Toyota Auris Hatchback (2012 - ) review Expert review
Read the Toyota Auris hatchback (2012 - ) car review by Auto Trader's motoring experts, covering price, specification, running costs, practicality, safety and how it drives
- Low running costs
- Effortless to drive
- Quiet and comfortable
- Not for driving enthusiasts
- Unimaginative cabin design
- No models get to 62mph in less than ten seconds
At a glance
With Auris, Toyota is launching a new set of trim levels called: Active, Icon, Sport and Excel. Active has air-con, USB and Aux connections, electric door mirrors and electric front windows. Icon adds alloy wheels, DAB radio, Toyota Touch infotainment system, Bluetooth, rear-view camera, leather interior highlights and front fog lamps. Sport models get 17-inch alloys, sports front seats, sports grille and rear bumper, privacy glass and a chrome tailpipe. Excel models have velour and leather upholstery, dual-zone climate control, keyless entry and start, park assist with front and rear parking sensors, cruise control, auto headlights and wipers and heated front seats.
The first Toyota Auris was inoffensive but bland, so it’s no surprise the latest model carries over few of its styling cues. Toyota is clearly trying to attract a younger audience with this new model. It has a much lower stance (its roof is 55mm closer to the ground), reduced ride height and significantly sharper lines. Many of these features benefit not only its looks, but also contribute to it using less fuel to cut through the air at high speeds. It instantly ages the older model, but isn’t as cohesive as the Kia Cee’d, or desirable as the SEAT Leon or Volkswagen Golf.
Interior layout and quality have both significantly improved, with less brittle and scratchy plastics in the upper cabin (you can still find them in the lower console). There is a greater homogeneity to the blue cabin lighting and graphics and top trim levels cover the dashboard in leather, with a horizontal band of stitching. But, there’s still little to get excited about, with no surprise and delight features like the ‘jet’ air vents in the Audi A3, 3D graphics used for the Leon’s infotainment system or sheer tactile delight of the Golf. You’ll have to look to the options list to add visual flair, and we’d recommend the panoramic sunroof, which is one of the largest in class and bathes the cabin in natural light.
Petrol engines include a 1.33-litre with 98bhp and a 1.6-litre with 130bhp, which can reach 62mph in 12.6 and 10 seconds respectively. There’s just one diesel, a 1.4-litre with 89bhp and the full hybrid version with petrol and electric motors. The larger petrol comes with the option of a CVT automatic gearbox, which is standard if you choose the hybrid. It’s the latter powertrain which suits the Auris best, complementing its easy driving characteristics and allowing silent motoring at speeds below 31mph. These are all economical choices, but there’s currently nothing offering equivalent performance to the excellent 150bhp or 184bhp 2.0 TDI engine or 180bhp petrol engine offered in the Leon and Golf, or Fords more powerful Focus engines.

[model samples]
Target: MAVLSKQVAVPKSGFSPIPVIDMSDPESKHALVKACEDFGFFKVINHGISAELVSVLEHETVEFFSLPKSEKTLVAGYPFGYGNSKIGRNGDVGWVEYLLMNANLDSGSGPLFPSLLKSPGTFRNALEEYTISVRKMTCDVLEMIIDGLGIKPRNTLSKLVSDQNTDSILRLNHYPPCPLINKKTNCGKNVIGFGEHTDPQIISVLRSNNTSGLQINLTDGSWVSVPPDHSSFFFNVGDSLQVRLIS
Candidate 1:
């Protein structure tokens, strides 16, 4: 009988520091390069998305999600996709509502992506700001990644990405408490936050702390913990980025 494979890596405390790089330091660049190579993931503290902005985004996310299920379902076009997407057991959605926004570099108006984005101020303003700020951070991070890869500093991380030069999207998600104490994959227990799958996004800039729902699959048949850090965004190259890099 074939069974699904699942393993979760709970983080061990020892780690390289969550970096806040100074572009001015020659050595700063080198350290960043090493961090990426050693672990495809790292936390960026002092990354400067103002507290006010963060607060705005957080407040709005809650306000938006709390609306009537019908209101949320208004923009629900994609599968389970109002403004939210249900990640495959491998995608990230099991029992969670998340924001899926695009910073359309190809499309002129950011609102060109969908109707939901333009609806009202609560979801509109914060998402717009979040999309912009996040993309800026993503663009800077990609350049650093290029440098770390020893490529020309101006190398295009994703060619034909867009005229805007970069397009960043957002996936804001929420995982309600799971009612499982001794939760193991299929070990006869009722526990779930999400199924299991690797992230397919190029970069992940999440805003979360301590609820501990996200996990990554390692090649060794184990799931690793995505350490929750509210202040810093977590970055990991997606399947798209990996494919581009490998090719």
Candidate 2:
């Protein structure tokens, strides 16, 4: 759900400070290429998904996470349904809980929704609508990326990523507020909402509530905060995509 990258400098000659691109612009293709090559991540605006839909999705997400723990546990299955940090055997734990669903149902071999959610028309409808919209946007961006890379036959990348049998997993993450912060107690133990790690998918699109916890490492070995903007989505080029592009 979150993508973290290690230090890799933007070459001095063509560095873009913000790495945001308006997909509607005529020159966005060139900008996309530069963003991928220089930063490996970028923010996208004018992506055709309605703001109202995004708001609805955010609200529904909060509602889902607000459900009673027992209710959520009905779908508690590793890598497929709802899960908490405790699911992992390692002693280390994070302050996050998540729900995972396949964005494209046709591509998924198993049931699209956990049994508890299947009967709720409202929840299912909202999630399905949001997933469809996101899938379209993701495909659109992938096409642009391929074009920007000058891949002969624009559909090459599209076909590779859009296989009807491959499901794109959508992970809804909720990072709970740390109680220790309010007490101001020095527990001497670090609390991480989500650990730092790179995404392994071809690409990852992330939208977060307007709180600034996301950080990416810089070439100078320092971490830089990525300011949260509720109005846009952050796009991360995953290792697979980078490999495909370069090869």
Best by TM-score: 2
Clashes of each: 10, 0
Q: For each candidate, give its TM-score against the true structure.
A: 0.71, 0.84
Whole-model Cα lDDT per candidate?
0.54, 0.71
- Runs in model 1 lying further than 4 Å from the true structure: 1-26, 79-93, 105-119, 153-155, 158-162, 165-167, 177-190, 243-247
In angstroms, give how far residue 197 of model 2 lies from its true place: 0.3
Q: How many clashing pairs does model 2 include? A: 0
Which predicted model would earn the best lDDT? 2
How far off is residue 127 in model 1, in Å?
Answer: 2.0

The Auris now has a 360-litre boot regardless of trim level – an increase of up to 30 per cent. The Hybrid version’s battery pack has been relocated under the rear seats, so it no longer impedes on boot space. It comprehensively beats the 316-litre boot of the Focus, and is roughly on a par with the Golf and Leon (both with 380-litres).
The previous Auris has proved reliable and Toyota is renowned for its focus on quality. There was, however, one major recall for the previous model, to correct an accelerator pedal which could fail to return to idle. The manufacturer currently sits third in Warranty Direct’s Reliablity Index. It is built at Toyota’s UK plant in Derbyshire and comes with a five-year and 100,000-mile warranty for additional peace of mind.
Ride and handling
Weight saving measures have trimmed the mass of the Auris, so it’s 50kg lighter on average. The Auris has also been made lower, keeping its centre of gravity closer to the road. Both these features have improved handling, the Toyota feeling generally lighter on its feet and more agile as a result. Toyota has also been able to make these gains while reducing the stiffness of the suspension, so it now rides more comfortably than before. The steering is accurate, but incredibly light and free of feel, so you never feel a part of the driving process, as you do in the class-leading Ford Focus. Essentially the Auris is quiet, comfortable and fuss free, but those who enjoy driving for driving’s sake will want to look elsewhere.
While the Auris might not have much poke, it mostly makes up for it at the pumps. Both the diesel and hybrid manage 74.3mpg (with 15-inch wheels), with the diesel emitting 90g/km of CO2 and the hybrid 87g/km. Both are well under the threshold for free road tax while being London Congestion Charge exempt. Around three quarters of hybrid models are expected to find homes as company cars, thanks in part to their low cost per mile. The 1.33 and 1.6-litre petrol engines summon 52.3 and 49.6mpg.
The Auris was designed to achieve a five-star score in Euro NCAP crash tests, and it duly did so, achieving an overall score of 92%. In the tests, it scored very well across the board, although it was penalised slightly because the rear driver’s door opened during the side impact test. It’s fitted with a full complement of seven airbags as standard, as well as Vehicle Stability Control and Hill-start Assist Control.